Earlier this week I spent an hour or so waiting in line at the TKTS booth in Times Square to get tickets for friends who wanted to see a Broadway play. As I waited in line, the TKTS staff (volunteer actors, as I understand it) were giving their recommendations and summaries of popular shows to the tourists waiting in line who were not sure what to see–usually after asking questions to see what kind of expectations the tourist had. I was very tempted to ask the staff what to see if you hate musicals and like plays that make you think.
Fortunately, my friends did not have those expectations, and getting tickets to a show was possible.
The reaction we have toward works of literature is usually determined by what expectations we have of it. If we read B. H. Roberts’ Corianton with the expectation of something like All The King’s Men, we are bound to be quite disappointed. But if we expect something comparable to Ben Hur, we might actually enjoy Corianton a little. In this week’s “sermon,” long-time Relief Society General Board member Rosannah Cannon Irvine hints at this question of expectations while suggesting that there is a lot to like in Mormon literature.
Continue reading “Sunday Lit Crit Sermon: Rosannah C. Irvine on Mormon Literature”
So just for the record, here is a (probably incomplete) list of my literary and cultural interests:
- canon formation and promulgation (especially as presented by anthologies, syllabi and awards
- the intersection of literary and genre fiction, especially literary speculative fiction (slipstream, weird) and speculative literary fiction (allegory, magic realism, folk realism)
- indie/DIY publishing and marketing
- narrative theory, especially point of view and characterization
- censorship and literary production
- small magazines
- theorizing the radical middle
- hilobrow and the middlebrow and related issues (camp, kitsch, avant garde, etc.)
- gaming as storytelling (from pen-and-paper RPGes to FPSes to social gaming)
- fiction and landscape (especially prairie- and desert-scapes)
- authorship and authority (from author interviews and public appearances to uses of social media by)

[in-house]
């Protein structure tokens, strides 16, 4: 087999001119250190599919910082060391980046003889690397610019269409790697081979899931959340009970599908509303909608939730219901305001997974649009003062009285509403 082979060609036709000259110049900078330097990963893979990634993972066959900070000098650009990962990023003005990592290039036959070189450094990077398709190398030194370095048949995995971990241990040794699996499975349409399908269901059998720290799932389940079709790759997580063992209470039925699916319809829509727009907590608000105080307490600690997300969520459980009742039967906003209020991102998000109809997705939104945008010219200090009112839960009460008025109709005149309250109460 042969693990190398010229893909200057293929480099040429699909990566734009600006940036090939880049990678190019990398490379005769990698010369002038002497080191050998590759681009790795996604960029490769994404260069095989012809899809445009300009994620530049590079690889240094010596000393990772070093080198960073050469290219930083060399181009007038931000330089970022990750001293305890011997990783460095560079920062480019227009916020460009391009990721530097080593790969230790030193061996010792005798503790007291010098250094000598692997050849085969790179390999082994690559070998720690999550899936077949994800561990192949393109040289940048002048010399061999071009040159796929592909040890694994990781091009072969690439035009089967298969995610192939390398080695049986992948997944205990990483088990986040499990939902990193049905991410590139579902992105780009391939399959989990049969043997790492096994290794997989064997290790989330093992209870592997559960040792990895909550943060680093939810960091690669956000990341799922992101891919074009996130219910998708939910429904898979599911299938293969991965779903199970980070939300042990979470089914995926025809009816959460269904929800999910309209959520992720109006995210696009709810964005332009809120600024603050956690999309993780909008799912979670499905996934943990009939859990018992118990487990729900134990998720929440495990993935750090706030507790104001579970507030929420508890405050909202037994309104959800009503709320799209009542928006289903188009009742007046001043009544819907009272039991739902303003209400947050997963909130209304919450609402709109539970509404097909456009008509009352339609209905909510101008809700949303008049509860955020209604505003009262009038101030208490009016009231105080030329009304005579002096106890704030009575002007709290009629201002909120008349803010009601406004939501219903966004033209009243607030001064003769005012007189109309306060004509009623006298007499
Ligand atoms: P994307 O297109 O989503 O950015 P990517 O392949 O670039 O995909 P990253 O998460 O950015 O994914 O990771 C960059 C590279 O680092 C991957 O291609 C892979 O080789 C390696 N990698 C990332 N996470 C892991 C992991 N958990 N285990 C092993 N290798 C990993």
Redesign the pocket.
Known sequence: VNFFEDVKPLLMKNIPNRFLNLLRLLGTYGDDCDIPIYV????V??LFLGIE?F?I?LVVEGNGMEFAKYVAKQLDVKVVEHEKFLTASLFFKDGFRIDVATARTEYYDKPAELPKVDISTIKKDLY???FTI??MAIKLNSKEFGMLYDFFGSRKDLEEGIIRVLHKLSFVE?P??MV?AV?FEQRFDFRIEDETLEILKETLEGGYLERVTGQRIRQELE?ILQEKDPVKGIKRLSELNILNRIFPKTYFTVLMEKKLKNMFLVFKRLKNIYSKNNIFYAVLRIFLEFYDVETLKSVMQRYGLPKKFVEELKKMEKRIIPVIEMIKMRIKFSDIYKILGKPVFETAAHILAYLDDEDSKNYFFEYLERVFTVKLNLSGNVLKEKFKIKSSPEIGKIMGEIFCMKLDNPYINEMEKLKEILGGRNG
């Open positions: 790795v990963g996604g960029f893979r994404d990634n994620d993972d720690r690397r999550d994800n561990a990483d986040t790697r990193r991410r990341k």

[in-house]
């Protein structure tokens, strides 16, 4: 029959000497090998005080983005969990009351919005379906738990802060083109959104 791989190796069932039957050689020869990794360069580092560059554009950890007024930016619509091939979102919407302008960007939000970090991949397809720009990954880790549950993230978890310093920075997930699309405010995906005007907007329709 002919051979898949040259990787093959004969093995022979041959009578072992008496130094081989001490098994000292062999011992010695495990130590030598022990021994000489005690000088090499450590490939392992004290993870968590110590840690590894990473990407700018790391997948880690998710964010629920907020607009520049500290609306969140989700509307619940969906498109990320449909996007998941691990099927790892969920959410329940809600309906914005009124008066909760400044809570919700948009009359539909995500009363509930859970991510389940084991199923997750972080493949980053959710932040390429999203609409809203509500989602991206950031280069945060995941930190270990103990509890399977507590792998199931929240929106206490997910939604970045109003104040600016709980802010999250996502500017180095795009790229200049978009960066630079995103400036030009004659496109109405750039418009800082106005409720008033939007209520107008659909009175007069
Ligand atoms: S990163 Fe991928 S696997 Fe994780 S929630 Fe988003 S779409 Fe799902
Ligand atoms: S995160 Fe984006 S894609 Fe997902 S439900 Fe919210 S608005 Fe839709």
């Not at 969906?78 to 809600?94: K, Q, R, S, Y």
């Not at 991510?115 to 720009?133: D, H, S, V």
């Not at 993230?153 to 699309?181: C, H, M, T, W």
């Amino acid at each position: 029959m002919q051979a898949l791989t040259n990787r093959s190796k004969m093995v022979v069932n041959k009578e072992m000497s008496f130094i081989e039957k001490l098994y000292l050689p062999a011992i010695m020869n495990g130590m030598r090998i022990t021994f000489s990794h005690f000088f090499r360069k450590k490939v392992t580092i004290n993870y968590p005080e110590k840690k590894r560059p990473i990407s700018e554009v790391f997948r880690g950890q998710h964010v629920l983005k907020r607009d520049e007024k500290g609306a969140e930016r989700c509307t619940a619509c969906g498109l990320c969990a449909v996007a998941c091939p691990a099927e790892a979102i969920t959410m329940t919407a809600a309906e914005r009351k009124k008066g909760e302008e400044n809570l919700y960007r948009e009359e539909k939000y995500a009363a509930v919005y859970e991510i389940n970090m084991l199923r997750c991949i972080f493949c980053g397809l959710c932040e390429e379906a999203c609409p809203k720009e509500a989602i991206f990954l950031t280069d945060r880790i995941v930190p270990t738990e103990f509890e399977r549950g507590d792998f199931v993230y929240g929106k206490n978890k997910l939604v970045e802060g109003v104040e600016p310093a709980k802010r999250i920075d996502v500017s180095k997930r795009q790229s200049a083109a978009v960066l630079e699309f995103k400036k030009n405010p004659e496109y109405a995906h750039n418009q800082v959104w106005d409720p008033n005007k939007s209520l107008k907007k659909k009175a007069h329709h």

- authorship and copyright
- collaborative storytelling
- Romanticism and post-Romanticism especially in relation to belated ethnic/minority/national literatures
- the novel as discourse (especially Bakhtin’s notion of heteroglossia)
- readership and reader response (everything from the cult of the author to strong misreadings to fan fiction)
- representations of faith (and faiths) in narrative art
- history of the book
- the book/film review as literary discourse/form
- Mormon literature as ethnic and/or minor literature
- the history of Mormon literary criticism especially in relation to defining the field of Mormon literature
- humor in fiction
- permutations of narrative art (fiction, film, graphic novel, etc.) and how theory shifts to accomodate these forms
This is why I didn’t go on to a PhD program.
I have decided to post a Mormon literature-related paper I wrote for a graduate school class titled “Memory, Nation and Diaspora.”. The class was actually my final comp lit seminar at SF State and was taught by Martha Klironomos, the Nikos Kazantzakis Chair and director of Modern Greek Studies. She was very supportive of my desire to write about Mormon literature. I think she even gave me an A on the paper. Most of the non-Mormon-related criticism cited in the paper is pulled from some of the works we read for the course so the theoretical framework might not be to everyone’s taste, but I found it interesting. In fact, it’s the university course that has influenced my thinking about Mormon literature the most.
Anyway, here it is. No modifications have been made to the original text except for correcting one spelling error that I caught in a very quick re-reading:
Slowly Flowering: Mormon Literary Criticism on Mormon Literary History and Future
And here is an excerpt:
“But more fundamentally, through its recovering and criticism of Mormon literary history, Mormon literary theory invokes a set of texts and way of viewing them that helps preserve a Mormon ethnies, an ethnies which includes individuals beyond active members of the Church of Jesus Christ of Latter-day Saints. And more importantly, by exposing the deficiencies of the current Mormon literary canon, Mormon literary theory sustains the dream of a great literature produced by a chosen people, a dream that combines memory and desire, a prophecy that drives the very literary production that ensures the survival of the ethnies.”
It was also an interesting exercise in trying to figure out how to give decent context for Mormonism without getting long-winded about it. Upon re-reading, I cringed a bit at some of my notes, but on the whole I think the paper stands up fairly well. Or at least I’m not so embarrassed by it that I wasn’t willing to post it. My thanks to AMV commenter Laura Craner who reminded me of this paper in Anneke’s Twilight post.